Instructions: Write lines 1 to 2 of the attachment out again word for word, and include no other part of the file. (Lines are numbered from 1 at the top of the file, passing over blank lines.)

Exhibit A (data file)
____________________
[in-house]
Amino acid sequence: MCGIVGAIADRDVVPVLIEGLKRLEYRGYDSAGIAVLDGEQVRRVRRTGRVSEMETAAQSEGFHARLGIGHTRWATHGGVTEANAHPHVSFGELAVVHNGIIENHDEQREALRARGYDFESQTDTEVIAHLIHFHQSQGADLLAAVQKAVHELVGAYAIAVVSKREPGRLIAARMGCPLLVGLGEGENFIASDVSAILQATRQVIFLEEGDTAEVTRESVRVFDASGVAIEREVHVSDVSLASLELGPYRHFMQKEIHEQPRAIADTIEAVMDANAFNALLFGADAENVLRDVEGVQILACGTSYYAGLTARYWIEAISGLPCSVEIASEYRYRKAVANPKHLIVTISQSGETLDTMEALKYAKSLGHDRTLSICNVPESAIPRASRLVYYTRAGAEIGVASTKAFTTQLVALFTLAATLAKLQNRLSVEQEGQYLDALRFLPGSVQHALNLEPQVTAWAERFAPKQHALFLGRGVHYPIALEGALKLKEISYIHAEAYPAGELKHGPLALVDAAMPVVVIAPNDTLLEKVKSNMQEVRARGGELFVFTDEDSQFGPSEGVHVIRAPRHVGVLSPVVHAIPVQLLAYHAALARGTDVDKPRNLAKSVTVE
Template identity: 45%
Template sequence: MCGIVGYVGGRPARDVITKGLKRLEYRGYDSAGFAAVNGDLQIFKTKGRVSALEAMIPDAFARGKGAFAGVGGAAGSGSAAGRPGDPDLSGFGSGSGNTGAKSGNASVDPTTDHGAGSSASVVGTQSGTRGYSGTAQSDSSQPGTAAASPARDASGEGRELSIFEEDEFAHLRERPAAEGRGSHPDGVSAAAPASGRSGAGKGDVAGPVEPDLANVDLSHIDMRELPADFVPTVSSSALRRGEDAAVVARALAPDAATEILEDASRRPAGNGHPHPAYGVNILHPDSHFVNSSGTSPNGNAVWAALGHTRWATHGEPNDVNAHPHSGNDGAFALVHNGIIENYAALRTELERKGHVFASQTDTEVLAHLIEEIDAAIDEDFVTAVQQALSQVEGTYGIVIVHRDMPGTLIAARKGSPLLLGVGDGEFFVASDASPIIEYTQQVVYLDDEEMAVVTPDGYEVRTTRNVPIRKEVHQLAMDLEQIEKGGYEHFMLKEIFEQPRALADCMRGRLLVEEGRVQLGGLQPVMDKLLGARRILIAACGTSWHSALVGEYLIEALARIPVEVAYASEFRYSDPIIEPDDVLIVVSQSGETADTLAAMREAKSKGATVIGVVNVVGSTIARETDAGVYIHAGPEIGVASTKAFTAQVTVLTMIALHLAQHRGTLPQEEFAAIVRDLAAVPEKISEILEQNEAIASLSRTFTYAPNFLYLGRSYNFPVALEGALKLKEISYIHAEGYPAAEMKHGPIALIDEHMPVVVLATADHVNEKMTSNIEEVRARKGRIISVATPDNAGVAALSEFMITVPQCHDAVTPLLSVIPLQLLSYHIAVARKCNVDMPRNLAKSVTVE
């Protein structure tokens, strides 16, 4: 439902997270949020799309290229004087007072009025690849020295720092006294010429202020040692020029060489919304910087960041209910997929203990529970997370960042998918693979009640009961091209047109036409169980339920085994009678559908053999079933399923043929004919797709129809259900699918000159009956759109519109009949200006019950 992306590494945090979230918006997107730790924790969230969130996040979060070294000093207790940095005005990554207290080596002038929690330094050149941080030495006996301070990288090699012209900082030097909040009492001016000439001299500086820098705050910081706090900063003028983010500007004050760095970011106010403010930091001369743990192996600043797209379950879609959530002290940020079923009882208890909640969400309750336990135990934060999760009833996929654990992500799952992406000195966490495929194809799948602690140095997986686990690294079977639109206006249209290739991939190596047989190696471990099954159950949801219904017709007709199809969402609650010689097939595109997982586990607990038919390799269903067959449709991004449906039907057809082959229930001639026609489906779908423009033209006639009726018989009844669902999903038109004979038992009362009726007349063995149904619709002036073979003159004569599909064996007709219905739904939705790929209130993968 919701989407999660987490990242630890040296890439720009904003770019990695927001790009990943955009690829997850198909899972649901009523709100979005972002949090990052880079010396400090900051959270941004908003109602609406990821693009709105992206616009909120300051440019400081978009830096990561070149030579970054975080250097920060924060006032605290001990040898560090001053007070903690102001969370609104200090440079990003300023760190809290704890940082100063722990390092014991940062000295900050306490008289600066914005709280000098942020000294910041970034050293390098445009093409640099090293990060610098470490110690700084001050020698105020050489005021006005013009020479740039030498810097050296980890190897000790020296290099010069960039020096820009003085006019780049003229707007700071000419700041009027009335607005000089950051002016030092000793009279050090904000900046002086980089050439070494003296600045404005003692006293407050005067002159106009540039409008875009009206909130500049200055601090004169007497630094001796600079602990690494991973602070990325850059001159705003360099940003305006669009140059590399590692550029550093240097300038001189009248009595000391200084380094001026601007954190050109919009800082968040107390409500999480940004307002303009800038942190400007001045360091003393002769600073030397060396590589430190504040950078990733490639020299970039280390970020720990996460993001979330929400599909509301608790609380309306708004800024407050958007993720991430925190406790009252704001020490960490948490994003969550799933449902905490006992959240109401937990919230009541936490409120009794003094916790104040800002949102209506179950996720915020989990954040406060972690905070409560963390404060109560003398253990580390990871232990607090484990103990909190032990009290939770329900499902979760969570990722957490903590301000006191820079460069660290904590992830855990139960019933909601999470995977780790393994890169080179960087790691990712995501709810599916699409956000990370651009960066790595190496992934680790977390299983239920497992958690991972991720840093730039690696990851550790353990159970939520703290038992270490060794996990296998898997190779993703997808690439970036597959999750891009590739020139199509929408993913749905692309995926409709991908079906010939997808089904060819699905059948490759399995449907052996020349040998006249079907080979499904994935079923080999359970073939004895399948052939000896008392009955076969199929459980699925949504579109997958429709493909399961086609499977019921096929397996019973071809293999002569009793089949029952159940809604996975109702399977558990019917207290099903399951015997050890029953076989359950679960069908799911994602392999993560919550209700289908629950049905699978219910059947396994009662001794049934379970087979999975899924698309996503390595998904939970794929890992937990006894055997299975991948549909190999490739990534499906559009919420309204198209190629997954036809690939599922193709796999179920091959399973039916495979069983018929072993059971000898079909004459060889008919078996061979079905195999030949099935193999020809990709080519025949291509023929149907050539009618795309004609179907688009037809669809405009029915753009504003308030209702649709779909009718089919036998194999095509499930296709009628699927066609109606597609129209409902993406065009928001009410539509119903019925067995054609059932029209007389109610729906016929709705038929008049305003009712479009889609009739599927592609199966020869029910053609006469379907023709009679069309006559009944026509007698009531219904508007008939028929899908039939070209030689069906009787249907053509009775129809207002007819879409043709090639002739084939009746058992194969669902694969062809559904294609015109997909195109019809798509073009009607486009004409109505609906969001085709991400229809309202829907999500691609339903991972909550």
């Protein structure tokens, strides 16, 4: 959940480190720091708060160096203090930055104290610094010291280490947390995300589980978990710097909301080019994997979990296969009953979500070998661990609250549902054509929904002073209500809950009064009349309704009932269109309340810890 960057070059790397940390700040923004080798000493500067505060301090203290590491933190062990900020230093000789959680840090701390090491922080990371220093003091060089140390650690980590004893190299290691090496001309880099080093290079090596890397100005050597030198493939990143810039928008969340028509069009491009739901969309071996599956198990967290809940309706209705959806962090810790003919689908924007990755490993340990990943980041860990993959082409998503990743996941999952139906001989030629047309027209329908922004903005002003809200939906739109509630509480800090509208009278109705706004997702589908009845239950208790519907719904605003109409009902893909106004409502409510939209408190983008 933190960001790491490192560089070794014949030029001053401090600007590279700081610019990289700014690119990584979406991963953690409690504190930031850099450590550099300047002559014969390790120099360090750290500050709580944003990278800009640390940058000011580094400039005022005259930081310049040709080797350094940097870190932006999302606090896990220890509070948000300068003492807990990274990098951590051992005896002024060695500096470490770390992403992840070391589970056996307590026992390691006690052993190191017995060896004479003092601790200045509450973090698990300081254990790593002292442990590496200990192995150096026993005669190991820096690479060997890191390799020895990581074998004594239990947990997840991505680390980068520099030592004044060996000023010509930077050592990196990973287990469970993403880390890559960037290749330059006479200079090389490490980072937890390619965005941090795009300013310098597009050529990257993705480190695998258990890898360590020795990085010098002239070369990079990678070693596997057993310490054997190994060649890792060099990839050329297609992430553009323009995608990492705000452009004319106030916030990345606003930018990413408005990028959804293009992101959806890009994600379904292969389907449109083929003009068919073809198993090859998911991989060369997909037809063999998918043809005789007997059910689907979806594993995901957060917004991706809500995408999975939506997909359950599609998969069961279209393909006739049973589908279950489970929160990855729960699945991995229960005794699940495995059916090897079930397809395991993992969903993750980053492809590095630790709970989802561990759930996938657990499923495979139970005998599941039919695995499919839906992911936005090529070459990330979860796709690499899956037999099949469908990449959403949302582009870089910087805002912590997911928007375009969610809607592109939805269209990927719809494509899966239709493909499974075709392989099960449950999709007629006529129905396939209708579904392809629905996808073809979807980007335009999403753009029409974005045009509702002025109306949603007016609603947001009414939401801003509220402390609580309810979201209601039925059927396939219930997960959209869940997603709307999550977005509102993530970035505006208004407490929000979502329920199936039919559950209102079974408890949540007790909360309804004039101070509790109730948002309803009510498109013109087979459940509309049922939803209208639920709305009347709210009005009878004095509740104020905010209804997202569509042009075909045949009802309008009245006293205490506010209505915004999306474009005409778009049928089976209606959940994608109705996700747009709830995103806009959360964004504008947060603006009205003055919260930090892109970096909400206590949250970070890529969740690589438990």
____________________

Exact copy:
[in-house]
Amino acid sequence: MCGIVGAIADRDVVPVLIEGLKRLEYRGYDSAGIAVLDGEQVRRVRRTGRVSEMETAAQSEGFHARLGIGHTRWATHGGVTEANAHPHVSFGELAVVHNGIIENHDEQREALRARGYDFESQTDTEVIAHLIHFHQSQGADLLAAVQKAVHELVGAYAIAVVSKREPGRLIAARMGCPLLVGLGEGENFIASDVSAILQATRQVIFLEEGDTAEVTRESVRVFDASGVAIEREVHVSDVSLASLELGPYRHFMQKEIHEQPRAIADTIEAVMDANAFNALLFGADAENVLRDVEGVQILACGTSYYAGLTARYWIEAISGLPCSVEIASEYRYRKAVANPKHLIVTISQSGETLDTMEALKYAKSLGHDRTLSICNVPESAIPRASRLVYYTRAGAEIGVASTKAFTTQLVALFTLAATLAKLQNRLSVEQEGQYLDALRFLPGSVQHALNLEPQVTAWAERFAPKQHALFLGRGVHYPIALEGALKLKEISYIHAEAYPAGELKHGPLALVDAAMPVVVIAPNDTLLEKVKSNMQEVRARGGELFVFTDEDSQFGPSEGVHVIRAPRHVGVLSPVVHAIPVQLLAYHAALARGTDVDKPRNLAKSVTVE